Otherwise, the care planning arrangements are the same as for all other Looked After children - see Decision to Look After and Care Planning Procedure.

8.2 Remands to Youth Detention Accommodation

8.2.1 Where the child was Looked After immediately before being remanded:

8.2.2 Where the child was not Looked After immediately before being remanded:

  • A Detention Placement Plan must be prepared instead of a Care Plan/ Placement Plan, within 10 working days of the remand;
  • The provisions as to Health Assessments (see Health Care Assessments and Plans) do not apply, but the responsible authority must take all reasonable steps to ensure that the child is provided with appropriate health care services, in accordance with the Detention Placement Plan including medical and dental care and treatment, and advice and guidance on health, personal care and health promotion issues;
  • In relation to Social Worker Visits to Looked After Children Procedure, the social worker must also visit whenever reasonably requested to do so by the Governor, Director or Registered Manager of the Youth Detention Accommodation;
  • In relation to Looked After Reviews Procedure, the responsible authority does not have to consider whether they should seek any change in the child’s legal status, whether there is a plan for permanence for the child, or whether the placement continues to be the most appropriate available and whether any change to the placement agreement is likely to become necessary before the next review;
  • The provisions as to avoidance of disruption in education, placements out of area and termination of placements do not apply.

8.2.3 Detention Placement Plans

The Detention Placement Plan must:

  • Set out how the Youth Detention Accommodation will contribute to meeting the child’s needs;
  • Include the address of the Youth Detention Accommodation;
  • Be agreed with, and signed by, the Governor, Director or Registered Manager of the Youth Detention Accommodation;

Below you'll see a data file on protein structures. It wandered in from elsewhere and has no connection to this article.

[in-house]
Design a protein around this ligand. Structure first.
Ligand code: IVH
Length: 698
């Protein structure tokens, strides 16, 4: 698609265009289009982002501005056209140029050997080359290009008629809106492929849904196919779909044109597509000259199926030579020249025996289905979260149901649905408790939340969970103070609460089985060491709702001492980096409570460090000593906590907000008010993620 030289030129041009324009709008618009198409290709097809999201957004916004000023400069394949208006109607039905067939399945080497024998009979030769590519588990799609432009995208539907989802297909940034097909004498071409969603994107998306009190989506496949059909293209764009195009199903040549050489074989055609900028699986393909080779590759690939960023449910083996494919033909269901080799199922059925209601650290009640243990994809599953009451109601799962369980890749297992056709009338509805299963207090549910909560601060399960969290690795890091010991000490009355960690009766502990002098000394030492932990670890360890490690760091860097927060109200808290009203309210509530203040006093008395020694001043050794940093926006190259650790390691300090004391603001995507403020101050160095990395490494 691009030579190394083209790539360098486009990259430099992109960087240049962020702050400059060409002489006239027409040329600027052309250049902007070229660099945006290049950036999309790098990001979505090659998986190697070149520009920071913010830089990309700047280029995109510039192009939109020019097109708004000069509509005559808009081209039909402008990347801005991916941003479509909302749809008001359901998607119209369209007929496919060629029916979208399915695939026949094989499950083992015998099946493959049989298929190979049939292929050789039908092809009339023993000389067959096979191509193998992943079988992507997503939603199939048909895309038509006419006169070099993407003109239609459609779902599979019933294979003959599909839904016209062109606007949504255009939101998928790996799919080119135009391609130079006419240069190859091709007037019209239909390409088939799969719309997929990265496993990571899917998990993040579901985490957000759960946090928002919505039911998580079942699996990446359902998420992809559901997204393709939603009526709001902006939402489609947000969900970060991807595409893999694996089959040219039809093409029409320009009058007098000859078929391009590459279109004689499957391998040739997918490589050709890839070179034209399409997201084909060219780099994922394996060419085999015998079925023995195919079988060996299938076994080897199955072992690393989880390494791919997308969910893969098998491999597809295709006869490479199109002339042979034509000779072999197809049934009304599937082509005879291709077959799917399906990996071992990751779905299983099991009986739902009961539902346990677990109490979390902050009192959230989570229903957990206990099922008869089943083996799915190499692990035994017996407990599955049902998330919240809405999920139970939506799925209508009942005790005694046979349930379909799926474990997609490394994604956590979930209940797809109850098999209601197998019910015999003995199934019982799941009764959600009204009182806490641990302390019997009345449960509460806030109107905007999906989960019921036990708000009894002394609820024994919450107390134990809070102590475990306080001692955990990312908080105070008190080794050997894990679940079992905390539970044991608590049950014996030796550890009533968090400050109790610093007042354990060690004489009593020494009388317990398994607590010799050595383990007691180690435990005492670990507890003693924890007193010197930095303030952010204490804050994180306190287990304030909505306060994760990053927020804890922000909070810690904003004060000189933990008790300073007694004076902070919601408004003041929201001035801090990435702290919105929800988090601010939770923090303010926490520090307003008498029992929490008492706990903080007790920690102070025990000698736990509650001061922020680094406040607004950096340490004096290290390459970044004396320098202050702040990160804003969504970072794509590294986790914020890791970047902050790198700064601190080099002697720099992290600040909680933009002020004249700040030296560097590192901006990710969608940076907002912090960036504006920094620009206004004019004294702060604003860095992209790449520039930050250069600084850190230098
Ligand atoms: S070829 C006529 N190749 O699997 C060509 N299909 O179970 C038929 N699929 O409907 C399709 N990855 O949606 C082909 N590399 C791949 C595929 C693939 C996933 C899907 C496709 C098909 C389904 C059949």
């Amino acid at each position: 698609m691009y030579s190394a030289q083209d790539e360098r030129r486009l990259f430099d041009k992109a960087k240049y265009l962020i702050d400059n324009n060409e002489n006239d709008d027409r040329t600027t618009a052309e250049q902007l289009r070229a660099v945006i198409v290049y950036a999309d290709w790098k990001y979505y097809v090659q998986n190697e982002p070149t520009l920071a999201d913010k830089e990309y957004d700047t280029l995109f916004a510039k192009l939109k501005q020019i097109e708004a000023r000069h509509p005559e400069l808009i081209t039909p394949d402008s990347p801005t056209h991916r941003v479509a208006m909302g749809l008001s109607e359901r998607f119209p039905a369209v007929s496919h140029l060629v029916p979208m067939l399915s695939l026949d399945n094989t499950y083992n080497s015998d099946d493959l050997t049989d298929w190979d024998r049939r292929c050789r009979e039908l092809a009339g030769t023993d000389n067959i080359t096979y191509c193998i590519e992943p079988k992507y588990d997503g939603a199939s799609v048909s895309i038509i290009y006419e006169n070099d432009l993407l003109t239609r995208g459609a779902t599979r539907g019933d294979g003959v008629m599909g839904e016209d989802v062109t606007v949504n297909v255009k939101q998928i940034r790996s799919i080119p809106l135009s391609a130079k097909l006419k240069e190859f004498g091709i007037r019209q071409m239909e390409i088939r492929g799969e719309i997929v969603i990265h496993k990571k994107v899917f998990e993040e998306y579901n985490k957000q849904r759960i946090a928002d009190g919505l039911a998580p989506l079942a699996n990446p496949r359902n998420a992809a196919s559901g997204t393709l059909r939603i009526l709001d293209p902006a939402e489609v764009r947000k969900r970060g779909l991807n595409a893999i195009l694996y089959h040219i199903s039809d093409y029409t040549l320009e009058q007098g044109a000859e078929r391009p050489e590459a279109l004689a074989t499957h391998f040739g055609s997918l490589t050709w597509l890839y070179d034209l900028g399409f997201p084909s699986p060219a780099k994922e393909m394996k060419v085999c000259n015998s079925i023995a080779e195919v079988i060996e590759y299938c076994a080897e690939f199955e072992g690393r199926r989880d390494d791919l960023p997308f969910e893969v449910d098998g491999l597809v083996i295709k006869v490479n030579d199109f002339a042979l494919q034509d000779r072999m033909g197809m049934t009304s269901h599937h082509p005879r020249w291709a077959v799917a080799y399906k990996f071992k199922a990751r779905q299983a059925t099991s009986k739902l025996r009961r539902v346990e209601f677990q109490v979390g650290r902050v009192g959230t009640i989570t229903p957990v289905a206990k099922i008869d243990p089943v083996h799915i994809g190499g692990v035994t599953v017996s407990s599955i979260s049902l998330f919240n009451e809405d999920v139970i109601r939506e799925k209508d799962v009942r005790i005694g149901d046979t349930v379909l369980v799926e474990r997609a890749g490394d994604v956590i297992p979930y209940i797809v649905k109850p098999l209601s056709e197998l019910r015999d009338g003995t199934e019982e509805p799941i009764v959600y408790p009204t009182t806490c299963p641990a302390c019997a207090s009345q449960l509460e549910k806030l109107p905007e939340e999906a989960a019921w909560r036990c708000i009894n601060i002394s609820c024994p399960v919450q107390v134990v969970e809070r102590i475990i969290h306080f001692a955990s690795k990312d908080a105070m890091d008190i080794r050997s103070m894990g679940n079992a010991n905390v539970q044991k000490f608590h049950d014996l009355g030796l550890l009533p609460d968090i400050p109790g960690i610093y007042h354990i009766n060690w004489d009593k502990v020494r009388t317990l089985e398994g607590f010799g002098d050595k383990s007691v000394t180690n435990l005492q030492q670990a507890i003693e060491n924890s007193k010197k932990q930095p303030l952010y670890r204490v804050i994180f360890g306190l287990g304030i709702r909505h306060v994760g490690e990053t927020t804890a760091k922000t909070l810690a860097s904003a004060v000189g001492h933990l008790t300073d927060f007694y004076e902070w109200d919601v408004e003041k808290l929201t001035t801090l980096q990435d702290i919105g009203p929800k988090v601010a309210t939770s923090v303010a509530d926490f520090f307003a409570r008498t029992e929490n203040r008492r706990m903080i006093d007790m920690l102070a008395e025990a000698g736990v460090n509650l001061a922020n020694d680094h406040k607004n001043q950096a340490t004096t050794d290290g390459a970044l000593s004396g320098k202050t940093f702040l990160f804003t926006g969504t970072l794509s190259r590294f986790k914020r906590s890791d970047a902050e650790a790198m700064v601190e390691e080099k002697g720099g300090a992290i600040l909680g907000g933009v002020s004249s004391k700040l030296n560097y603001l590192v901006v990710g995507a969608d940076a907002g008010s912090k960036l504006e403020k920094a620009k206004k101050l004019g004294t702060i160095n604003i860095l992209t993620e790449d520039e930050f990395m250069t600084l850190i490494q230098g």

• Include:
    • How, on a day to day basis, the child will be cared for and the child’s welfare will be safeguarded and promoted;
    • Any arrangements made for contact between the child and parents/persons with Parental Responsibility/Connected Persons including, if appropriate, the reasons why contact would not be reasonably practicable or would not be consistent with the child’s welfare; details of any orders made under sections 8 or 34 of the Children Act 1989;
    • The arrangements made for the child’s health (including physical, emotional and mental health) and dental care including any arrangements for the giving or withholding of consent to medical or dental examination or treatment;
    • The arrangements made for the child’s education and training;
    • The arrangements made for social worker visits, the frequency of visits and the arrangements made for advice, support and assistance to be available to the child between visits;
    • If an Independent Visitor is appointed, the arrangements made for them to visit the child.
    • The child’s personal history, religious persuasion, cultural and linguistic background, and racial origin;
    • The name and contact details of:
  • The responsible authority must ensure:
    • That the child’s wishes and feelings have been ascertained and given due consideration;
    • W where the child was Looked After immediately before being remanded, that the Independent Reviewing Officer has been informed of the remand.

End